THE revelation that supermarket giant Waitrose could open a store at the site of the Grange has caused great debate in the community.
The news, reported in last week’s Observer, has sparked a debate on social media website Facebook, with some deeming it ‘excellent news’ and others lamenting a possible loss of trade.
Following our article, the Midhurst, West Sussex, Facebook page asked its visitors for their views on a new superstore.
But opinion was torn between the convenience of having a supermarket in Midhurst, and the potentially negative effect it could have upon existing businesses.
While some users said: ‘Yes please! I shop in Haslemere and I would much rather shop at home’, and ‘it means more jobs which is never a bad thing for any town’, others have expressed concerns at the bid.
“More jobs? And what about the job losses, from the closed independent shops, their suppliers and the transporters? The net job gains, if any, would be minuscule,” posted one resident.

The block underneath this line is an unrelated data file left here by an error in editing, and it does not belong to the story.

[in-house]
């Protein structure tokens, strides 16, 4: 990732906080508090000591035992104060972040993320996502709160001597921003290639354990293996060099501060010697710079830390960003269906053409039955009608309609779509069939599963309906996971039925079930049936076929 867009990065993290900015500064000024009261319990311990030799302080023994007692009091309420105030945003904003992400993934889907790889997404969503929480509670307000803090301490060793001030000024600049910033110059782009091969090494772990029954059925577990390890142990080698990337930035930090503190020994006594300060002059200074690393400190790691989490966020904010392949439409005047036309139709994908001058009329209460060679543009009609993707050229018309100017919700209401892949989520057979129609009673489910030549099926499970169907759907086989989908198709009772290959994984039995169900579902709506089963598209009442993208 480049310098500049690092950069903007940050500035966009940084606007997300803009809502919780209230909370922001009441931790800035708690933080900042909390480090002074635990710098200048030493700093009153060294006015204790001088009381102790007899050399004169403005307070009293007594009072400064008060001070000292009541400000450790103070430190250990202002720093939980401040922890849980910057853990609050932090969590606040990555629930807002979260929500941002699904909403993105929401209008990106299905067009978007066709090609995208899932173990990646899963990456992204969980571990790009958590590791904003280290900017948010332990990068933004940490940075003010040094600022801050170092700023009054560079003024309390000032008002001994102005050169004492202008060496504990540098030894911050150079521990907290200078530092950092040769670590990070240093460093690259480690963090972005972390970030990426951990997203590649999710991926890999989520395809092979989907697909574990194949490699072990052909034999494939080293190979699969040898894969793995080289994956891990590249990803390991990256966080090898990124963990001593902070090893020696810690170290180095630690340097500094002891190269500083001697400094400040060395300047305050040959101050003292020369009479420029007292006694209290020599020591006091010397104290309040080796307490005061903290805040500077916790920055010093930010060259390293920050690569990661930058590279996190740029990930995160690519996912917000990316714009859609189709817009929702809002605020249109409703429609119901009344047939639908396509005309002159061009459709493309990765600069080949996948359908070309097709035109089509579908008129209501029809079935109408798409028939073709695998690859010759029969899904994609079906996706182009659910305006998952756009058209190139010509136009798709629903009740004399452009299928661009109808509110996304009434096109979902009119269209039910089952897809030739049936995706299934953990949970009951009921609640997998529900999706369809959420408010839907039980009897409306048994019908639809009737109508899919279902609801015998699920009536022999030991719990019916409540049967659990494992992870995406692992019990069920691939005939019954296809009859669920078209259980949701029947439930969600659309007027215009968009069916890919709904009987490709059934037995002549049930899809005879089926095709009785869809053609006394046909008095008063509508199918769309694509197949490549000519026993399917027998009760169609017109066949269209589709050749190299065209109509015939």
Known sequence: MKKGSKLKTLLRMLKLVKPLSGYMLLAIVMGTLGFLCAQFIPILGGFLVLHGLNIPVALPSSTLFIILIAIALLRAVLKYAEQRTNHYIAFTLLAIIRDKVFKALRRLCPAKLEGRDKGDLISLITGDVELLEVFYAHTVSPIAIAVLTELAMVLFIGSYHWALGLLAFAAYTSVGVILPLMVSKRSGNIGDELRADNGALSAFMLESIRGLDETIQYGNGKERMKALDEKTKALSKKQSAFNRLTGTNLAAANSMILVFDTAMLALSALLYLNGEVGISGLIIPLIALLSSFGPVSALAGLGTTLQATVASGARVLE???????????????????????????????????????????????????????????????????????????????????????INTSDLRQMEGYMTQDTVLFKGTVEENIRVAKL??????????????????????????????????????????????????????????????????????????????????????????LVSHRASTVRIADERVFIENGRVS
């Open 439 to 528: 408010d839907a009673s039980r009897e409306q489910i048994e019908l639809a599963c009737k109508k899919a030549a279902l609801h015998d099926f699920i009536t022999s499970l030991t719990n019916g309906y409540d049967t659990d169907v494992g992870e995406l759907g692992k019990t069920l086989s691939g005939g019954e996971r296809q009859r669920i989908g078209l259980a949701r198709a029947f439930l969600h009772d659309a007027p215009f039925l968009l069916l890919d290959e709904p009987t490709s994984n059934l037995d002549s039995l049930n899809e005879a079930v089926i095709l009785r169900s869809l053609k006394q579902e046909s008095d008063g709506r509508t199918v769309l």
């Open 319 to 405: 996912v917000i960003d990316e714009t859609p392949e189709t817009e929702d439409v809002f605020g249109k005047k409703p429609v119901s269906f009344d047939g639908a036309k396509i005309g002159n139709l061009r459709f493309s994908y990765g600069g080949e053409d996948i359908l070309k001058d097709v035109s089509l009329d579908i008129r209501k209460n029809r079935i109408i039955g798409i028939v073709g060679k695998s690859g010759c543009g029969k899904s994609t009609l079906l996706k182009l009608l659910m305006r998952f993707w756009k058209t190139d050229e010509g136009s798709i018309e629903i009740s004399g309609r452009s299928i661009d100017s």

Another Facebook user added: “I would welcome a Sainsbury’s in Midhurst. With the money I would save by not having to go to Chichester every week, I would have more to spend on clothing, hardware, specialist food, eating out and books in our wonderful local shops.”
The debate also spread to Twitter where one user said: “We’ve already got one over-priced supermarket with Budgens. Why does a town our size need three supermarkets?”
A spokesman for Waitrose said: “We have always been keen to have a shop in Midhurst and are continuing to discuss a proposal with the developer who is one of three parties short-listed to buy the site.
“However the timescale and selection details are a matter for Chichester District Council, who we understand will take advice from South Downs National Park Authority in their role as planning authority.”
The supermarket has submitted a ‘pre-planning inquiry’ to the SDNPA. Both Sainsbury’s and Marks and Spencer are also believed to be vying to open in Midhurst.
All three supermarkets have been asked to go through the pre-planning process as a ‘scoping exercise’ to find out what stipulations there might be.
There is currently permission for 14 homes on the site.